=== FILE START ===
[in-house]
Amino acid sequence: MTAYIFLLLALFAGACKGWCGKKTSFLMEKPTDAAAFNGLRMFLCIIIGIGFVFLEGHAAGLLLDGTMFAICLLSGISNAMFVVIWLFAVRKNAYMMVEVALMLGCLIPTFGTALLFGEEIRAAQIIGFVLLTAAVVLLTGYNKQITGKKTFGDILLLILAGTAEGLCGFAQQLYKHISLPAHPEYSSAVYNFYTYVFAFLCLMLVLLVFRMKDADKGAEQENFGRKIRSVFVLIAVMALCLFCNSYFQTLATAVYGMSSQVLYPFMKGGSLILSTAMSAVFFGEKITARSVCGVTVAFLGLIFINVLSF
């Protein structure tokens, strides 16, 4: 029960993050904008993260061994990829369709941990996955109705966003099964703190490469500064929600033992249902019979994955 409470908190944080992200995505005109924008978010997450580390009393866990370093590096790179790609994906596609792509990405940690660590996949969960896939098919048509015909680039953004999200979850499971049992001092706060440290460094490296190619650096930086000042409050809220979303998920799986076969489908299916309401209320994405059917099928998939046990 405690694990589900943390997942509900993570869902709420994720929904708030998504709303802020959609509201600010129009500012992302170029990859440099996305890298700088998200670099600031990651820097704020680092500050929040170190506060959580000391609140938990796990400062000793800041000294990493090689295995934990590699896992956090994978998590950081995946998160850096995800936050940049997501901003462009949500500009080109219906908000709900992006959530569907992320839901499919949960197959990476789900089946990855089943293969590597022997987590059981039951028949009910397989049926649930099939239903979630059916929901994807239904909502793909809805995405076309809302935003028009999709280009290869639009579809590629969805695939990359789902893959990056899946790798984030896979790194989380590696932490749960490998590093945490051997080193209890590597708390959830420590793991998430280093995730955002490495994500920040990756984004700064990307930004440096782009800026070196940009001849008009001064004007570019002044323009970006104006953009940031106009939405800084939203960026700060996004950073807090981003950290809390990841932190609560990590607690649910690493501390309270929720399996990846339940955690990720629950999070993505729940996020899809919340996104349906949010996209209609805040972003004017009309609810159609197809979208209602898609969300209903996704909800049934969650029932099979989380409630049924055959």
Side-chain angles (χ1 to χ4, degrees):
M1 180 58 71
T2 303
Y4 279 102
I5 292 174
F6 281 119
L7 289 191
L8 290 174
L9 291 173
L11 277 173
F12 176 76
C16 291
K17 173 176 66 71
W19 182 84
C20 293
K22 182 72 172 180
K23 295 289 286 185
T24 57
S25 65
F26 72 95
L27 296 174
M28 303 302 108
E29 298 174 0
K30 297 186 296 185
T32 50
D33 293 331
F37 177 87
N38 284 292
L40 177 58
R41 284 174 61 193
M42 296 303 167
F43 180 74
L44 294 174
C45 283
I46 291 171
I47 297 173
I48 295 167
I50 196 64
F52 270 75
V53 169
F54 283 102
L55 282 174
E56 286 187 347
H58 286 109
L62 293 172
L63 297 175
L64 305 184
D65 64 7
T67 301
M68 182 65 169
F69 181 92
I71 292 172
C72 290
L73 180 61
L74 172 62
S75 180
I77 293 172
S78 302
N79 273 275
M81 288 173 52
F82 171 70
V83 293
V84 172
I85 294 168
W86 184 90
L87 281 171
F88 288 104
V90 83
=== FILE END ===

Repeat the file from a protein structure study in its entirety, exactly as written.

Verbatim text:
[in-house]
Amino acid sequence: MTAYIFLLLALFAGACKGWCGKKTSFLMEKPTDAAAFNGLRMFLCIIIGIGFVFLEGHAAGLLLDGTMFAICLLSGISNAMFVVIWLFAVRKNAYMMVEVALMLGCLIPTFGTALLFGEEIRAAQIIGFVLLTAAVVLLTGYNKQITGKKTFGDILLLILAGTAEGLCGFAQQLYKHISLPAHPEYSSAVYNFYTYVFAFLCLMLVLLVFRMKDADKGAEQENFGRKIRSVFVLIAVMALCLFCNSYFQTLATAVYGMSSQVLYPFMKGGSLILSTAMSAVFFGEKITARSVCGVTVAFLGLIFINVLSF
């Protein structure tokens, strides 16, 4: 029960993050904008993260061994990829369709941990996955109705966003099964703190490469500064929600033992249902019979994955 409470908190944080992200995505005109924008978010997450580390009393866990370093590096790179790609994906596609792509990405940690660590996949969960896939098919048509015909680039953004999200979850499971049992001092706060440290460094490296190619650096930086000042409050809220979303998920799986076969489908299916309401209320994405059917099928998939046990 405690694990589900943390997942509900993570869902709420994720929904708030998504709303802020959609509201600010129009500012992302170029990859440099996305890298700088998200670099600031990651820097704020680092500050929040170190506060959580000391609140938990796990400062000793800041000294990493090689295995934990590699896992956090994978998590950081995946998160850096995800936050940049997501901003462009949500500009080109219906908000709900992006959530569907992320839901499919949960197959990476789900089946990855089943293969590597022997987590059981039951028949009910397989049926649930099939239903979630059916929901994807239904909502793909809805995405076309809302935003028009999709280009290869639009579809590629969805695939990359789902893959990056899946790798984030896979790194989380590696932490749960490998590093945490051997080193209890590597708390959830420590793991998430280093995730955002490495994500920040990756984004700064990307930004440096782009800026070196940009001849008009001064004007570019002044323009970006104006953009940031106009939405800084939203960026700060996004950073807090981003950290809390990841932190609560990590607690649910690493501390309270929720399996990846339940955690990720629950999070993505729940996020899809919340996104349906949010996209209609805040972003004017009309609810159609197809979208209602898609969300209903996704909800049934969650029932099979989380409630049924055959």
Side-chain angles (χ1 to χ4, degrees):
M1 180 58 71
T2 303
Y4 279 102
I5 292 174
F6 281 119
L7 289 191
L8 290 174
L9 291 173
L11 277 173
F12 176 76
C16 291
K17 173 176 66 71
W19 182 84
C20 293
K22 182 72 172 180
K23 295 289 286 185
T24 57
S25 65
F26 72 95
L27 296 174
M28 303 302 108
E29 298 174 0
K30 297 186 296 185
T32 50
D33 293 331
F37 177 87
N38 284 292
L40 177 58
R41 284 174 61 193
M42 296 303 167
F43 180 74
L44 294 174
C45 283
I46 291 171
I47 297 173
I48 295 167
I50 196 64
F52 270 75
V53 169
F54 283 102
L55 282 174
E56 286 187 347
H58 286 109
L62 293 172
L63 297 175
L64 305 184
D65 64 7
T67 301
M68 182 65 169
F69 181 92
I71 292 172
C72 290
L73 180 61
L74 172 62
S75 180
I77 293 172
S78 302
N79 273 275
M81 288 173 52
F82 171 70
V83 293
V84 172
I85 294 168
W86 184 90
L87 281 171
F88 288 104
V90 83